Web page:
It is with this in the background that the poet enters the fray with Fra Lippo Lippi being accosted by Cosimo’s guards one night as he is tempted out of his closed cloisters in the Medici household by the fragrant waft and sound of merriment. Browning, through the diversity of the tone of his language conjures up an imagery that is almost real in the minds’ eye:
Ouf! I leaned out of window for fresh air.
There came a hurry of feet and little feet,
A sweep of lute-strings, laughs, and whifts of song, —
Flower o’ the broom,
Take away love, and our earth is a tomb!
Flower o’ the quince,
I let Lisa go, and what good in life since?
Flower o’ the thyme — and so on. Round they went.
Scarce had they turned the corner when a titter
Like the skipping of rabbits by moonlight, — three slim shapes,
And a face that looked up …
An image that tempts the Friar to forsake his “incarceration” and risk the wrath of his Patron and his minions by frequenting the more ribald parts of Florence and enjoying mortal pleasures as opposed to the paintings that he is forced to make. The verse, with its ellipses, trochees, spondees typifies the mood of Friar. At times deadly serious, at times frivolous, holding a discourse with Medici soldiers, and explaining to them, in “plain” language, how his humanism was dislocating itself from his religion, a reflection of the times perhaps:
We Carmelites, like those Camaldolese
And Preaching Friars, to do our church up fine
And put the front on it that ought to be!”
And hereupon he bade me daub away.
Thank you! my head being crammed, the walls a blank,
Never was such prompt disemburdening.
Thus he induces realism into his paintings and disguises reverence in a normality that is questioning how religion is portrayed; the imposition of thought on mankind, the imposition of shackles on freedom and the imposition of morality on animals (in the Darwinian context):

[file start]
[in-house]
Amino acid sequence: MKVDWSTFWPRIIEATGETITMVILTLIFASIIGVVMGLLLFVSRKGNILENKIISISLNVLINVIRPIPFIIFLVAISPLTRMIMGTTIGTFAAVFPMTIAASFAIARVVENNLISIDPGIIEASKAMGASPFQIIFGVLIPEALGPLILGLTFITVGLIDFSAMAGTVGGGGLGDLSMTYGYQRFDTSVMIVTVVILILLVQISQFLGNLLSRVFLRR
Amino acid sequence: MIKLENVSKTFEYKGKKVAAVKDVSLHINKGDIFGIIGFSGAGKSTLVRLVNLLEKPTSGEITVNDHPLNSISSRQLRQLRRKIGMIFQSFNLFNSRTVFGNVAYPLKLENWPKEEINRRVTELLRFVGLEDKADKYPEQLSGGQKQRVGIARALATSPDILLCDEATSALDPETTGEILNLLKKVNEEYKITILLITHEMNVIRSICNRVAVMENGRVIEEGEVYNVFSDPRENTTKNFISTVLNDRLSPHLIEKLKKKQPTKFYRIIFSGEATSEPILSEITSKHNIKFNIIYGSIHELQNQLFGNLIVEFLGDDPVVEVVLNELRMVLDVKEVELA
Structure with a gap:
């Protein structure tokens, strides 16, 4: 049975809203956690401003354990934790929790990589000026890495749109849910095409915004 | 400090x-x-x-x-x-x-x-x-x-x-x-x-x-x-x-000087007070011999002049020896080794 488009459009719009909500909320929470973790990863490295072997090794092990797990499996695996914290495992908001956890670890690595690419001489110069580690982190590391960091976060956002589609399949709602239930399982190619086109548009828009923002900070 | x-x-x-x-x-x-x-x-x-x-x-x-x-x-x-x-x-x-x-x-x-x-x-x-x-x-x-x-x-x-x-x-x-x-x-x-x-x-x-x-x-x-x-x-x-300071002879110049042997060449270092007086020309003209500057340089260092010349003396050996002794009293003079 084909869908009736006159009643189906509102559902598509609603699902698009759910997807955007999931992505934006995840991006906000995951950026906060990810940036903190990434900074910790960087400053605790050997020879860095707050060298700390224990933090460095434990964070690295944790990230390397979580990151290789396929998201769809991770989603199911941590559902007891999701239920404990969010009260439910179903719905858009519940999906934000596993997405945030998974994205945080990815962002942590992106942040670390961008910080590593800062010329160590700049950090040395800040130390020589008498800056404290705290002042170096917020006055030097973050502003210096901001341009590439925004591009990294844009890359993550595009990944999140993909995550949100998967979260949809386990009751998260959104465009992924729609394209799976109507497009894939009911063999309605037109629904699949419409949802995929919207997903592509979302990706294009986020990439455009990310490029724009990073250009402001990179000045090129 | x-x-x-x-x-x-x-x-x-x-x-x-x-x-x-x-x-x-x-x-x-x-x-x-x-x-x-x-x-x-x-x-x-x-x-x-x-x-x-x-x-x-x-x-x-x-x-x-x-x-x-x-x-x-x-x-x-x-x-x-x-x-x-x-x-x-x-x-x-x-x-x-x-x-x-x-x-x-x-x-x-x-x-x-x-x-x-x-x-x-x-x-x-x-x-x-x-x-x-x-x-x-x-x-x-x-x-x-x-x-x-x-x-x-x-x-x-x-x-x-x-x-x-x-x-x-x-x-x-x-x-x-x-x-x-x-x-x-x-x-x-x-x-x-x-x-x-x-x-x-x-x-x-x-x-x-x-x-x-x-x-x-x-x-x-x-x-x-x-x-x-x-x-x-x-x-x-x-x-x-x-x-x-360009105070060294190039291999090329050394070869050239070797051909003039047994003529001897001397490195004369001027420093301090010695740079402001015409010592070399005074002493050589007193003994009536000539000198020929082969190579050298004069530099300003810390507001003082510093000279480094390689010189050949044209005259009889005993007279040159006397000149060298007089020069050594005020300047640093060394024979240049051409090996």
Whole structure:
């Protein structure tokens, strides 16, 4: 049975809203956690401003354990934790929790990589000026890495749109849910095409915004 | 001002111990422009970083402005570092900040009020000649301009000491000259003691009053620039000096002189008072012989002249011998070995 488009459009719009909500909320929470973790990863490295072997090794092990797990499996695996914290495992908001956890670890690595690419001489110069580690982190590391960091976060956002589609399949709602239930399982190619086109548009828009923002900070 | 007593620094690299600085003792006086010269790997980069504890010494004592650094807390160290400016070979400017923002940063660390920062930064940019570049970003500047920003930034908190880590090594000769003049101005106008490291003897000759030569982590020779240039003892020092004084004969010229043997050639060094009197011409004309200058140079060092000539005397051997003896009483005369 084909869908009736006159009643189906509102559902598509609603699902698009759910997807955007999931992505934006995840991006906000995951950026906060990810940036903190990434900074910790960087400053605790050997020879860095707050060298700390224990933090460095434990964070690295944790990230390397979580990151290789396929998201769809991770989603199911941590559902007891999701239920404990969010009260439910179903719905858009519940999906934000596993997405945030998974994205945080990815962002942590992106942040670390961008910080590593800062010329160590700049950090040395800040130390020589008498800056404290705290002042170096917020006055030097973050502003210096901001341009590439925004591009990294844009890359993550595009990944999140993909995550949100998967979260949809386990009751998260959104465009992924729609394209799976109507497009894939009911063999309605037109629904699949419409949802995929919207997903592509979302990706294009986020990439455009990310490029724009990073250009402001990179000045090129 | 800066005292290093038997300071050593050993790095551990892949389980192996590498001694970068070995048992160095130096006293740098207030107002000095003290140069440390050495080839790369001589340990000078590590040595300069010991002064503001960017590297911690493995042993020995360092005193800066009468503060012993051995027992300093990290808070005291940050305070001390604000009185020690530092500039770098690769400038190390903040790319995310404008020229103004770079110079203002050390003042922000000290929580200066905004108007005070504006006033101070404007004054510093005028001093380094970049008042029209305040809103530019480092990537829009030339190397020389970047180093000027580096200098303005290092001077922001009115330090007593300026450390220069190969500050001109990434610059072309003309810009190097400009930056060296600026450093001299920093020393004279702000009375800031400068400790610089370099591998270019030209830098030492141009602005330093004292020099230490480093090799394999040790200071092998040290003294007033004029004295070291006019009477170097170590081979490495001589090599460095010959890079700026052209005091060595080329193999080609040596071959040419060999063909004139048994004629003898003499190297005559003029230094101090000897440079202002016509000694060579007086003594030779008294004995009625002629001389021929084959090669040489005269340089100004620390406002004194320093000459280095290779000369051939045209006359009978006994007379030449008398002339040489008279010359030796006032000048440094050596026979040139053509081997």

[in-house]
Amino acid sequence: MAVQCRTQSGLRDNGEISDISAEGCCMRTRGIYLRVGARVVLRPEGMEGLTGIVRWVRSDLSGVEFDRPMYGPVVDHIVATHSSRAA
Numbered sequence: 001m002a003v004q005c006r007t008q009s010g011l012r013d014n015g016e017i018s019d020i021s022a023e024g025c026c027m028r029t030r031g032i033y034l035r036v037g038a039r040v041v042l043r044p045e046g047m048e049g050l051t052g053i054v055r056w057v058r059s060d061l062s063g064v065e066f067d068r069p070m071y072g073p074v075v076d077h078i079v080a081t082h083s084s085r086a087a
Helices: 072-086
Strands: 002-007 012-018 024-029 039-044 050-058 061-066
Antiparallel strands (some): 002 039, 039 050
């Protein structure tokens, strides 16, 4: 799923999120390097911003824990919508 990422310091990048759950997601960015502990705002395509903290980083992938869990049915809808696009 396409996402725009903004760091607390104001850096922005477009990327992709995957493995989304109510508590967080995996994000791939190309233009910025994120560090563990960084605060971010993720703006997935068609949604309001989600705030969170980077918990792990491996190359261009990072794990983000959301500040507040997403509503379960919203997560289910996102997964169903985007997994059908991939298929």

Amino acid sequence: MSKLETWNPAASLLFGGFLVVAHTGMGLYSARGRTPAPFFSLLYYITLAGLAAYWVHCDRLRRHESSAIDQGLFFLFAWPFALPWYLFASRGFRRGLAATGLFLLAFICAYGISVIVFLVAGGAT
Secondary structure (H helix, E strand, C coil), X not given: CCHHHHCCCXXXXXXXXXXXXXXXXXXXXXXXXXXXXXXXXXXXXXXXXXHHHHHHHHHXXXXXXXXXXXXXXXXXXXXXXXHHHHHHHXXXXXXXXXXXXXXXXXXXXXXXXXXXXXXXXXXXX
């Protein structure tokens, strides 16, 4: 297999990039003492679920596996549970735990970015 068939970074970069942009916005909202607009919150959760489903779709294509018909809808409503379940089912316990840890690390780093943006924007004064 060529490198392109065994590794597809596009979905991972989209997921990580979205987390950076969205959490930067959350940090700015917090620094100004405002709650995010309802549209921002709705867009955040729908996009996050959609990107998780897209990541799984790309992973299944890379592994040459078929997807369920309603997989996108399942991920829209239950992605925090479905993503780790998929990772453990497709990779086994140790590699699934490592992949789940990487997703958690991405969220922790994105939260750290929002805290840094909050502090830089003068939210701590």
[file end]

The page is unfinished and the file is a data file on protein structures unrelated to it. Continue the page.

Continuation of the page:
Quite from the mark of painting, bless us all!
Faces, arms, legs and bodies like the true
As much as pea and pea! it’s devil’s-game!
Your business is not to catch men with show,
With homage to the perishable clay,
But lift them over it, ignore it all,
Make them forget there’s such a thing as flesh.
Your business is to paint the souls of men —
With this the tone shifts, and he, Browning, through his alter ego, Lippi, denies with vehemence the chains placed upon him and wishes to be free of his bondage. To paint reality with all its warts and carbuncles and imperfections of the flesh as opposed to the ideology that the Church wishes to portray in the disguise of enlightenment and religion. The skipping tonality of the monologue, at times a diatribe on morality, at other times a friendly conversation with the guards, is inherent to getting the point across – across social, moral and religious boundaries that are imposed rather than accepted. It underlines Lippi’s own confusion of the mortal form: confusion between tangible rewards like food, or intangible ideals like religion where confusion is created to explore ideas like self-representation and conformity and mask immoral thoughts and actions in a holy context:
That woman’s like the Prior’s niece who comes
To care about his asthma: it’s the life!”
Where the Prior’s mistress is now portrayed as his niece, lest the “curse” of immorality enter into Lippi’s art and shock the masses who come to gaze upon his work. Thus, Browning, a master of the tone of blank verse, explores the reaches of his own conscience and uses the language to portray serious themes that have been discussed in detail (the seriousness or flippancy expressed specifically in the tonality of the introspection or spoken word) or in general throughout English Literature from Shakespeare to the later poets and dramatists like TS Eliot and Ezra Pound who were influenced by his work.